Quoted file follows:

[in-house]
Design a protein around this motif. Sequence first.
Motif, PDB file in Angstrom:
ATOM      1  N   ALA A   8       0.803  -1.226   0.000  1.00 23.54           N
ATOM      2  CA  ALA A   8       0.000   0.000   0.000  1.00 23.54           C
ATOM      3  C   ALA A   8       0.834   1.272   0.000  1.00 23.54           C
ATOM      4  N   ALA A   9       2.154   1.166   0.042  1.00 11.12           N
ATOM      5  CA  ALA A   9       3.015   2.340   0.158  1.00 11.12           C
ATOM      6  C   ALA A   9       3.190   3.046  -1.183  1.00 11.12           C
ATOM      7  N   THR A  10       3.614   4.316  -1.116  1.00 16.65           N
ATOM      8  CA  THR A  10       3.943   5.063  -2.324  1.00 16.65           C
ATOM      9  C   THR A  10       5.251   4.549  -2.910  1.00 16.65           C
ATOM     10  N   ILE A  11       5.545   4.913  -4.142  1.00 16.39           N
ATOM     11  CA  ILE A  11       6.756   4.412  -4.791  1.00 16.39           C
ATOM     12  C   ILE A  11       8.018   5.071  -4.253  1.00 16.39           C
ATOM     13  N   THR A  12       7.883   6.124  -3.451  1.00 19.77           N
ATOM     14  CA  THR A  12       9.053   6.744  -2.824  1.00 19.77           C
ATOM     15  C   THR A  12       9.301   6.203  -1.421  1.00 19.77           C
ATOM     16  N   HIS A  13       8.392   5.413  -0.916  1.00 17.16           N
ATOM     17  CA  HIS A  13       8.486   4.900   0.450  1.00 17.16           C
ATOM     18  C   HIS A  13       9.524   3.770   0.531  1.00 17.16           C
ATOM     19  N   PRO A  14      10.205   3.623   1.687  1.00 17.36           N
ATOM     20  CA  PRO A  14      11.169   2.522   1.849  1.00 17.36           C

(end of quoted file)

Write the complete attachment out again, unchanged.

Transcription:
[in-house]
Design a protein around this motif. Sequence first.
Motif, PDB file in Angstrom:
ATOM      1  N   ALA A   8       0.803  -1.226   0.000  1.00 23.54           N
ATOM      2  CA  ALA A   8       0.000   0.000   0.000  1.00 23.54           C
ATOM      3  C   ALA A   8       0.834   1.272   0.000  1.00 23.54           C
ATOM      4  N   ALA A   9       2.154   1.166   0.042  1.00 11.12           N
ATOM      5  CA  ALA A   9       3.015   2.340   0.158  1.00 11.12           C
ATOM      6  C   ALA A   9       3.190   3.046  -1.183  1.00 11.12           C
ATOM      7  N   THR A  10       3.614   4.316  -1.116  1.00 16.65           N
ATOM      8  CA  THR A  10       3.943   5.063  -2.324  1.00 16.65           C
ATOM      9  C   THR A  10       5.251   4.549  -2.910  1.00 16.65           C
ATOM     10  N   ILE A  11       5.545   4.913  -4.142  1.00 16.39           N
ATOM     11  CA  ILE A  11       6.756   4.412  -4.791  1.00 16.39           C
ATOM     12  C   ILE A  11       8.018   5.071  -4.253  1.00 16.39           C
ATOM     13  N   THR A  12       7.883   6.124  -3.451  1.00 19.77           N
ATOM     14  CA  THR A  12       9.053   6.744  -2.824  1.00 19.77           C
ATOM     15  C   THR A  12       9.301   6.203  -1.421  1.00 19.77           C
ATOM     16  N   HIS A  13       8.392   5.413  -0.916  1.00 17.16           N
ATOM     17  CA  HIS A  13       8.486   4.900   0.450  1.00 17.16           C
ATOM     18  C   HIS A  13       9.524   3.770   0.531  1.00 17.16           C
ATOM     19  N   PRO A  14      10.205   3.623   1.687  1.00 17.36           N
ATOM     20  CA  PRO A  14      11.169   2.522   1.849  1.00 17.36           C